In this post, we will derive the bias-variance decomposition for regression problem.

Denote $f(\cdot)$ as the regression model, $\textbf{x}$ as the input feature, $y$ as the output value. Let $\mathcal{L}(y, f(\textbf{x};\theta))$ be the loss function, which is normally chosed to be a squared loss in regression. Then the expected risk is

\begin{align} \mathcal{R}(\theta)&:=\mathbb{E}_{(\textbf{x},y)\sim p(\textbf{x},y)}[\mathcal{L}(y, f(\textbf{x};\theta))] \label{expectedrisk} \newline &=\iint (y-f(\textbf{x};\theta))^2 p(\textbf{x},y) \, d\textbf{x} \, dy. \nonumber \end{align}

Our goal is to choose a model $f(\cdot)$ properly in order to minimize the expected risk $\mathcal{R}(\theta)$. Making use of calculus of variations:

\[\frac{\delta \mathcal{R}(\theta)}{\delta f}= -2\int (y-f(\textbf{x};\theta))p(\textbf{x},y) \, dy, \nonumber\]

setting above derivative to 0 gives us the optimal solution for the regression model:

\[\label{bestf} f^*(\textbf{x};\theta)=\frac{\int yp(\textbf{x},y) \, dy}{p(\textbf{x})}=\int y p(y|\textbf{x}) \, dy = \mathbb{E}_{y\sim p(y|\textbf{x})}[y],\]

which is the conditional expectation of $y$ on $\textbf{x}$.

For simplicity, let $f:=f(\textbf{x};\theta)$ and $f^*:=f^*(\textbf{x};\theta)$. Observe that

\begin{align*} \mathcal{L}=(y-f)^2 &= (y-f^* + f^*-f)^2 \newline &=(y-f^*)^2 + 2(y-f^*)(f^*-f) + (f^*-f)^2. \end{align*}

Plugging this into \eqref{expectedrisk}, we have

\begin{align*} \mathcal{R}(\theta)= \mathbb{E}[(y-f^*)^2] + 2 \mathbb{E}[(y-f^*)(f^*-f)] + \mathbb{E}[(f^*-f)^2], \end{align*}


\begin{align*} \mathbb{E}[(y-f^*)^2]&=\iint (y-f^*)^2p(\textbf{x},y) \, d\textbf{x}\, dy =\iint (y-f^*)^2 p(y|\textbf{x}) p(\textbf{x}) \, d\textbf{x}\, dy \newline & =\int \left(\int (y-f^*)^2 p(y|\textbf{x})\, dy\right) p(\textbf{x}) \, d\textbf{x} \newline &=\int \mathbb{E}_{y\sim p(y|\textbf{x})}\left[\left(y-\mathbb{E}_{y\sim p(y|\textbf{x})}[y]\right)^2\right]\, p(\textbf{x}) \, d\textbf{x} \newline &=\int Var_{y\sim p(y|\textbf{x})} [y] \, p(\textbf{x}) \, d\textbf{x}, \newline \mathbb{E}[(y-f^*)(f^*-f)] &= \iint (y-f^*)(f^*-f)p(\textbf{x},y) \, d\textbf{x}\, dy = \iint (y-f^*)(f^*-f)p(y|\textbf{x}) p(\textbf{x}) \, d\textbf{x}\, dy \newline &=\int \left(\int (y-f^*)p(y|\textbf{x})\, dy\right)(f^*-f) p(\textbf{x}) \, d\textbf{x} \newline &=\int \mathbb{E}_{y\sim p(y|\textbf{x})}\left[y-\mathbb{E}_{y\sim p(y|\textbf{x})}[y]\right] \, (f^*-f)\, p(\textbf{x}) \, d\textbf{x} \newline &= 0, \newline \mathbb{E}[(f^*-f)^2] &= \iint (f^*-f)^2p(\textbf{x},y) \, d\textbf{x}\, dy \newline &=\int \left(\int p(\textbf{x},y) \, dy \right)(f^*-f)^2 d\textbf{x} \newline &=\int (f^*-f)^2 p(\textbf{x})\, d\textbf{x} \newline &=\mathbb{E}_{\textbf{x}\sim p(\textbf{x})} [(f-f^*)^2]. \end{align*}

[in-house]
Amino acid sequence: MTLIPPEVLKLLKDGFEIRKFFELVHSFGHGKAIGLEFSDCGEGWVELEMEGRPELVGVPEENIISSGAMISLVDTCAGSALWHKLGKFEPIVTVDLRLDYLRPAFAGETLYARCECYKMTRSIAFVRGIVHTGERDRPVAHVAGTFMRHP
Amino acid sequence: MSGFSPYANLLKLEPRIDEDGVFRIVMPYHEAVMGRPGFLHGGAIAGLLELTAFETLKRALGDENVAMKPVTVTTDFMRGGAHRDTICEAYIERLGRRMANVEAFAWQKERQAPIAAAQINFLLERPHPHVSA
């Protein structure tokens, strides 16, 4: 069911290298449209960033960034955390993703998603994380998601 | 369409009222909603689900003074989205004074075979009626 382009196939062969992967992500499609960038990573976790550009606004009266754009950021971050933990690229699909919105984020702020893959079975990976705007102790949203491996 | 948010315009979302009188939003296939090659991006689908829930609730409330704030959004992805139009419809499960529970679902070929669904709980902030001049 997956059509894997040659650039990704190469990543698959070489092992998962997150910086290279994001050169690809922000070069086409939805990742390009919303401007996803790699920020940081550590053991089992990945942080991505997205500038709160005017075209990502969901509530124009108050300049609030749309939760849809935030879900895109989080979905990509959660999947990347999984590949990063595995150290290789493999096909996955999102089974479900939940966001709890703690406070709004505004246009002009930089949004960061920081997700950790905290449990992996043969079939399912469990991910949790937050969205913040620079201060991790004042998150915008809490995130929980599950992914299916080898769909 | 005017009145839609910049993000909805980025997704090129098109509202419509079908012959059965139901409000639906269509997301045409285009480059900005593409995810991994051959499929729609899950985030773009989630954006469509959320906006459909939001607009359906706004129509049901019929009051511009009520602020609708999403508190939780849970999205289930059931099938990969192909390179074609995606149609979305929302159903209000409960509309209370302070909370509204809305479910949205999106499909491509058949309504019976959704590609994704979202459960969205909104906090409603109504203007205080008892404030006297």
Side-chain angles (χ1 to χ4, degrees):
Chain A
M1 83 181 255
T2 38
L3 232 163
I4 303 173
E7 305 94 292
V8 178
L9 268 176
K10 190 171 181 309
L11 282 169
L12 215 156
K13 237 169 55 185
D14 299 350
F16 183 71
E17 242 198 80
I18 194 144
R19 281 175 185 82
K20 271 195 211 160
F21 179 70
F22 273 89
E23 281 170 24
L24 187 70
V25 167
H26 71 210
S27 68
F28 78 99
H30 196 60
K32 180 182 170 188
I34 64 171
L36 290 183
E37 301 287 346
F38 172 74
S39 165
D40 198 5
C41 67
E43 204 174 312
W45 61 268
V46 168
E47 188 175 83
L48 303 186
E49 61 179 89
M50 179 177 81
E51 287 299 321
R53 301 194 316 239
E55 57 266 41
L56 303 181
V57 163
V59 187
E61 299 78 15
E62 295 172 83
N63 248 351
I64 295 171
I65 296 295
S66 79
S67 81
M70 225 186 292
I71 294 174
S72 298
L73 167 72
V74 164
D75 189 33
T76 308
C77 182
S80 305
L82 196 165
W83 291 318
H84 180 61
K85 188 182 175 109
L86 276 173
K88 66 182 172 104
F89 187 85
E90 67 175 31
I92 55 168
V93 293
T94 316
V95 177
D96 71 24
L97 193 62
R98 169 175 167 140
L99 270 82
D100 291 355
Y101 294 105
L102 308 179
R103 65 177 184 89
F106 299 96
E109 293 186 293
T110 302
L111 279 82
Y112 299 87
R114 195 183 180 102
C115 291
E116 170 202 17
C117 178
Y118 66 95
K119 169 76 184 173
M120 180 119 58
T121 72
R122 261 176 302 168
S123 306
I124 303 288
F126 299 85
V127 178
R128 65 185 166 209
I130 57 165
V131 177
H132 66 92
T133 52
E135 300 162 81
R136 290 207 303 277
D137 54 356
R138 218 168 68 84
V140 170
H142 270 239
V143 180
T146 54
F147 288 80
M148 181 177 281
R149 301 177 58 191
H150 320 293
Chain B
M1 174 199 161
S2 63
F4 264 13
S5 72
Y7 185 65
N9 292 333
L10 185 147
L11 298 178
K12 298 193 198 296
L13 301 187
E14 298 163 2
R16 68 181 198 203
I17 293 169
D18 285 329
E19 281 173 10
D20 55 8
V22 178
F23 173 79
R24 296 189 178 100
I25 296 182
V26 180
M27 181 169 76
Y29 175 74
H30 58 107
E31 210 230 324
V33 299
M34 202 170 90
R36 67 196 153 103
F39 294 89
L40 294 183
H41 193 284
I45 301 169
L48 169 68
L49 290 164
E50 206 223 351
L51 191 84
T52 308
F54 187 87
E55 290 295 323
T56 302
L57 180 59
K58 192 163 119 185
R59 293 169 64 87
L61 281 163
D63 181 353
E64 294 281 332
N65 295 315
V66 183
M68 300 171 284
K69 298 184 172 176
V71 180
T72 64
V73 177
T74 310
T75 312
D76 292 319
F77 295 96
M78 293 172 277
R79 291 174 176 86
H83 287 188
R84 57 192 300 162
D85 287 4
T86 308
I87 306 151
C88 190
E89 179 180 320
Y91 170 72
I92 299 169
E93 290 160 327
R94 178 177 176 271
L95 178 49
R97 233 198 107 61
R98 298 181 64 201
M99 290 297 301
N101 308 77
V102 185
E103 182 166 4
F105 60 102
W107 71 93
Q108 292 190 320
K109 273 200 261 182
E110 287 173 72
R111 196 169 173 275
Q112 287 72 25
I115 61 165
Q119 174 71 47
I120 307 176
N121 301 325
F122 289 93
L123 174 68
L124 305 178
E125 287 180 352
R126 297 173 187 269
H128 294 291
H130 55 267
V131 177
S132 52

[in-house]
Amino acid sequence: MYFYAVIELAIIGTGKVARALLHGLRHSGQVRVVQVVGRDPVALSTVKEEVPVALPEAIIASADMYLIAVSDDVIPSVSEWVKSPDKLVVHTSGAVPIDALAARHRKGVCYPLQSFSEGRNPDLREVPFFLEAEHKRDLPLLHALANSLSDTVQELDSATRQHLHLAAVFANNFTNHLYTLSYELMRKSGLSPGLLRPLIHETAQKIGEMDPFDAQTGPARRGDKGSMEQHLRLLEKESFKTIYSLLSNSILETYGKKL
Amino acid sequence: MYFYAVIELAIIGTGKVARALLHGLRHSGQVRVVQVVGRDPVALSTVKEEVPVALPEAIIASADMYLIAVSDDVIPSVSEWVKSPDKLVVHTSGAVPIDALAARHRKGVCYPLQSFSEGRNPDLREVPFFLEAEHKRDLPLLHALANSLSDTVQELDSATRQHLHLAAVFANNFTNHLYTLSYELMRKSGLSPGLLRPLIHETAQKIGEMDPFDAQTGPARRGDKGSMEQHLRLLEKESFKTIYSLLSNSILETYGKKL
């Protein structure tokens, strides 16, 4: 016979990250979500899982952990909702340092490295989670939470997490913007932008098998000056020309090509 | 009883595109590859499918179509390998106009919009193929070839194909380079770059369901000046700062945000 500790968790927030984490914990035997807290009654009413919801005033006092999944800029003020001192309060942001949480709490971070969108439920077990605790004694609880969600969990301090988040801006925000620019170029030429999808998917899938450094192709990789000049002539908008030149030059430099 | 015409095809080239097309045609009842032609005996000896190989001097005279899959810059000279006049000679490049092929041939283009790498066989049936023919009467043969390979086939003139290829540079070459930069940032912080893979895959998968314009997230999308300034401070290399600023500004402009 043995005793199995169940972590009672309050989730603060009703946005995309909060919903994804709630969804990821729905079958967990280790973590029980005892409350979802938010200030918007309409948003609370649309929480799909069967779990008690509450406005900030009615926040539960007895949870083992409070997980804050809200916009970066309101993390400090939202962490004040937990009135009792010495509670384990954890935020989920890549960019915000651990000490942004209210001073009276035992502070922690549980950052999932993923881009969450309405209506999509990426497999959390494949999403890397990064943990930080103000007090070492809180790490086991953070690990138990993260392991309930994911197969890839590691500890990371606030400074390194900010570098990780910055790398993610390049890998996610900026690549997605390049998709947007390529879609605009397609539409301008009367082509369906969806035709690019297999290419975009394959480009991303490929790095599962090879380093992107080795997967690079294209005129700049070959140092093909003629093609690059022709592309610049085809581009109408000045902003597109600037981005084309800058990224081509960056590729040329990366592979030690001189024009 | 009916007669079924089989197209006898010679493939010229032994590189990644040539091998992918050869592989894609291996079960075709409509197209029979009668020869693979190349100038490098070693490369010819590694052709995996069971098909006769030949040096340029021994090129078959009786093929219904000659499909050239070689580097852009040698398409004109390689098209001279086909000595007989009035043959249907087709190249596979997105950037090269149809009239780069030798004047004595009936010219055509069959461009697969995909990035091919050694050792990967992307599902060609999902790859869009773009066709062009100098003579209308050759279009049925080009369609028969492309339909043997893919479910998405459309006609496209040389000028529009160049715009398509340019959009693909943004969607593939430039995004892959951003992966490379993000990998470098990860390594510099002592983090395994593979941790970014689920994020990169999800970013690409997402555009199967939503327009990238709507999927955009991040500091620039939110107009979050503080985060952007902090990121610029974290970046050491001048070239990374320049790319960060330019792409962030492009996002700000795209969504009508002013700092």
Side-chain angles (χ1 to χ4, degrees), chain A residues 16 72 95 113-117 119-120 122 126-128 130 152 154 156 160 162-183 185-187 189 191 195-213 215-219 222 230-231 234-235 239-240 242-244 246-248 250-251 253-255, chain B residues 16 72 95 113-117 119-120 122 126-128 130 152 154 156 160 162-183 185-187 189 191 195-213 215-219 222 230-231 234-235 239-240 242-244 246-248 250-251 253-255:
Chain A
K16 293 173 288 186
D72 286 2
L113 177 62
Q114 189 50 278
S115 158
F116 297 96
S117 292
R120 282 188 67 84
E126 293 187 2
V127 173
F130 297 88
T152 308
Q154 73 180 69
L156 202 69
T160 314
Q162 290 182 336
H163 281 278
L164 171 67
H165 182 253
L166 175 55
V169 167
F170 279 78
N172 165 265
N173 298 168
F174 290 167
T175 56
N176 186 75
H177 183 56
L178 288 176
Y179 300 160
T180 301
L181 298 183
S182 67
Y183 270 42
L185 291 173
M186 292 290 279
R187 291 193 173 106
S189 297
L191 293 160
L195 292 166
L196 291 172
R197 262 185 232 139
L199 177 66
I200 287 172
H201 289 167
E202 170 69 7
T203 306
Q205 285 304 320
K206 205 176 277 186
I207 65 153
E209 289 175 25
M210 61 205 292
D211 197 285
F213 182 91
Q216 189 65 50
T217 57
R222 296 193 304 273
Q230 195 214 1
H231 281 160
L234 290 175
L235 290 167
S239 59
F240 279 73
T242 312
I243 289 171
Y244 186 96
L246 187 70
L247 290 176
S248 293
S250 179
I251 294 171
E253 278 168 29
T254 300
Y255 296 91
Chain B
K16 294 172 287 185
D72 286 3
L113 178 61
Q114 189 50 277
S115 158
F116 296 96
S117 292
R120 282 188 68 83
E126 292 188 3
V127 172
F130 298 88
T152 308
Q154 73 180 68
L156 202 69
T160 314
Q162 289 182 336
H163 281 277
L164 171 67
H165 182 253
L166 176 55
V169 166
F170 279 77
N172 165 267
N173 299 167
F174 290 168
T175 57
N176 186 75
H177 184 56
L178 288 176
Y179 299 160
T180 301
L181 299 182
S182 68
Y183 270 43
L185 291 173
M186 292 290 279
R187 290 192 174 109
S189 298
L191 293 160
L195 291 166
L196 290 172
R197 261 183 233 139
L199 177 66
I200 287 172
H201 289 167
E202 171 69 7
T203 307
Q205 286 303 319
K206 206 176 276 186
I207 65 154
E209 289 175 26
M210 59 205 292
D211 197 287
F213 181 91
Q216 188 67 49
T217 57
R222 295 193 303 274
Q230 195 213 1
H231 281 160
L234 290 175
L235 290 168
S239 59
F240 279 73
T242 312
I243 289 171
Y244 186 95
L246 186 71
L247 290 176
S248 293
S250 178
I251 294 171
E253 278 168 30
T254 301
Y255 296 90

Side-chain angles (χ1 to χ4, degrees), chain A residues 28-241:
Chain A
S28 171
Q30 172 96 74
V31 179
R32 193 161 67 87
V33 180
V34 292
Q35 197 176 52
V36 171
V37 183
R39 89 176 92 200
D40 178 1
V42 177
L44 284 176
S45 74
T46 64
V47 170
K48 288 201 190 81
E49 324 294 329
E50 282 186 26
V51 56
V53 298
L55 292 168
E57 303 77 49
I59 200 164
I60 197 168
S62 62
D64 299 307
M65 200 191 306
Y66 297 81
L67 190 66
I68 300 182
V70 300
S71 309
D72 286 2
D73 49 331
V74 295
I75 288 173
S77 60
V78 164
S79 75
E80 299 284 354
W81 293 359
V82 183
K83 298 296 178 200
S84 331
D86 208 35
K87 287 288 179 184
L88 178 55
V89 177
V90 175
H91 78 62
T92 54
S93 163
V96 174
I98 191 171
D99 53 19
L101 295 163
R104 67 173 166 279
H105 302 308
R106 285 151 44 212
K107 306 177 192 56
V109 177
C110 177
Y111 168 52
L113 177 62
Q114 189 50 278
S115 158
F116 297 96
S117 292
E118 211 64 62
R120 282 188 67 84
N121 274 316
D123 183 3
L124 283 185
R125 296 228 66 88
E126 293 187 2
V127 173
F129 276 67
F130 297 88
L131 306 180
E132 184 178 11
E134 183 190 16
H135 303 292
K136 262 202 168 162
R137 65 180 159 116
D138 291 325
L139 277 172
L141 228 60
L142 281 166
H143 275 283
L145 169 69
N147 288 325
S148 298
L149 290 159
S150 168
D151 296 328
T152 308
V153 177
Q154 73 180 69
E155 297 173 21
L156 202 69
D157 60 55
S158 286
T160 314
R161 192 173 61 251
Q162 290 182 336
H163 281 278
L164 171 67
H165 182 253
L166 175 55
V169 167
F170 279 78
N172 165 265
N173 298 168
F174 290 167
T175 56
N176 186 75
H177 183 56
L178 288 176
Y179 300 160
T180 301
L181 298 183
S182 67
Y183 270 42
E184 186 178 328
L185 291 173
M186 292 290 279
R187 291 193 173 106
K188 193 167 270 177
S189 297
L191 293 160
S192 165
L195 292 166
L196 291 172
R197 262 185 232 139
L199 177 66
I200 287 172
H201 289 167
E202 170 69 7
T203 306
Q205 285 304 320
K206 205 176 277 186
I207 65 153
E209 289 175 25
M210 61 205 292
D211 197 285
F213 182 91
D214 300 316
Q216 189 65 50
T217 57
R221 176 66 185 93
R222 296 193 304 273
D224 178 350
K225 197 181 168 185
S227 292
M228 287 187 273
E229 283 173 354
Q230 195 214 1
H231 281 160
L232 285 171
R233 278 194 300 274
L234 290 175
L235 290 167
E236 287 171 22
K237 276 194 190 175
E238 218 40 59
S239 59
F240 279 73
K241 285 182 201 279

Therefore, we can write

\begin{align}\label{decomp1} \mathcal{R}(\theta)=\mathbb{E}_{\textbf{x}\sim p(\textbf{x})} [(f-f^*)^2] + \int Var_{y\sim p(y|\textbf{x})} [y] \, p(\textbf{x}) \, d\textbf{x}. \end{align}

From \eqref{decomp1}, we see two things:

  • The second term is just the variance of the output value (label) averaged over the data $\textbf{x}$. It represents the intrinsic variability (depends on the sample distribution only) and can be regarded as noise term because it reflects the difference between the actual labels of the dataset and the expected output values in the desired case. It is independent of the choice of model $f$, and the cost is irreducible (minimum achievable value of the expected loss).